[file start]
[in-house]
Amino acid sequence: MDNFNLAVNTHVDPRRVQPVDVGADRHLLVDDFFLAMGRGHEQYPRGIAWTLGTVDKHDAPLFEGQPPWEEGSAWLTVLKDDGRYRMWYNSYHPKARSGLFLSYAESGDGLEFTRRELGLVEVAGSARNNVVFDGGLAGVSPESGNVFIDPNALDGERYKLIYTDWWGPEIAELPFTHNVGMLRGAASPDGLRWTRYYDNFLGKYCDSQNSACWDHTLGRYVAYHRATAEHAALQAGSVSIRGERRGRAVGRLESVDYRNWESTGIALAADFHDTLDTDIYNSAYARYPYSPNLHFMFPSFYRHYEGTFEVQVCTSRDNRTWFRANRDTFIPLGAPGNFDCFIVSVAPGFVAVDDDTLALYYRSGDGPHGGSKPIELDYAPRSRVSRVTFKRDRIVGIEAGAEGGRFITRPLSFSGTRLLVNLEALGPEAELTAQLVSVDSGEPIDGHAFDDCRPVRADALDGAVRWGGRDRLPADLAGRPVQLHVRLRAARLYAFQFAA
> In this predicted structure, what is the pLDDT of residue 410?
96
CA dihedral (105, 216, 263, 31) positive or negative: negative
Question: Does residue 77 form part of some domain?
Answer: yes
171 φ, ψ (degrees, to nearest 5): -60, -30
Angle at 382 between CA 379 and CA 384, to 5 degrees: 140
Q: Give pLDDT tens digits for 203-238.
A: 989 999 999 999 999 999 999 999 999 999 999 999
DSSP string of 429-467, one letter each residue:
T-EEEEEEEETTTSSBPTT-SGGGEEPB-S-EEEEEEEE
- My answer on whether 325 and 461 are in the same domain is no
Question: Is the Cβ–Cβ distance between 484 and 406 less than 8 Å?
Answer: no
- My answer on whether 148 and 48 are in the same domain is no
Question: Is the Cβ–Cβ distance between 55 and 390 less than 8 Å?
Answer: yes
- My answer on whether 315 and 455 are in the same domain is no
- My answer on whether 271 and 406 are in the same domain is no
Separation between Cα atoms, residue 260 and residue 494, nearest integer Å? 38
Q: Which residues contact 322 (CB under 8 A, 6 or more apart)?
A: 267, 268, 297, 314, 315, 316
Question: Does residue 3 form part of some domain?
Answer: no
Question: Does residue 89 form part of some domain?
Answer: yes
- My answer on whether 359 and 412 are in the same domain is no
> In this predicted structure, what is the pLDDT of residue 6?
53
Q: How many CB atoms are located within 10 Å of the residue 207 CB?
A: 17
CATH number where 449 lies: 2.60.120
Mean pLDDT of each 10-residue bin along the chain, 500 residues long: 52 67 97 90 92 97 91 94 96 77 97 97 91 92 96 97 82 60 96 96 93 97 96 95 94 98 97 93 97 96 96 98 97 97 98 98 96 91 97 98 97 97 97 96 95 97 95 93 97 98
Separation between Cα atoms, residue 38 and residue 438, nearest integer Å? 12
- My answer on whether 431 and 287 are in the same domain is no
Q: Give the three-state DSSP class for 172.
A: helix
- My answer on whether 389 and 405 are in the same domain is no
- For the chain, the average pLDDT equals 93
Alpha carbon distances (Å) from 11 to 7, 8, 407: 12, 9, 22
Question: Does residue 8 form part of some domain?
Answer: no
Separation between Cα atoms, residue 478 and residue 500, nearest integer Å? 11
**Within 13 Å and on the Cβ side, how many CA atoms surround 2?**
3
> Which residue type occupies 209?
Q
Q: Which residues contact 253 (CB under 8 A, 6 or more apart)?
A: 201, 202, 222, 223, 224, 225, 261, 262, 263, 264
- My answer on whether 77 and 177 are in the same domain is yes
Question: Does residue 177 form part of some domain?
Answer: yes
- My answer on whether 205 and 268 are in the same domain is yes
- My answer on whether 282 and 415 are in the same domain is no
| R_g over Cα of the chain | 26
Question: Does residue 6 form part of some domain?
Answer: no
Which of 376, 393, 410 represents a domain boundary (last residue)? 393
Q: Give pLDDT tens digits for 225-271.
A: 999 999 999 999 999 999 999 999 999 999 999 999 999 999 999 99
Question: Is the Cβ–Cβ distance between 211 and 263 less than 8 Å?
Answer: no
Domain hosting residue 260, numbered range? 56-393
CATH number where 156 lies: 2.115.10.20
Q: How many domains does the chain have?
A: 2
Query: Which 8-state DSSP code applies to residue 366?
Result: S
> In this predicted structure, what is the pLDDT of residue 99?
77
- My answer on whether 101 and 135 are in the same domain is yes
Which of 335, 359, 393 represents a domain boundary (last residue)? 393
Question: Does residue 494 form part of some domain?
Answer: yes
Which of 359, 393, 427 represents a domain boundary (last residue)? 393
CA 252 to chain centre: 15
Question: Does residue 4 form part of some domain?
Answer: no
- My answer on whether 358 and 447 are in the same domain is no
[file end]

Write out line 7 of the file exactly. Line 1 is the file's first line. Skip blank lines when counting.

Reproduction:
Answer: yes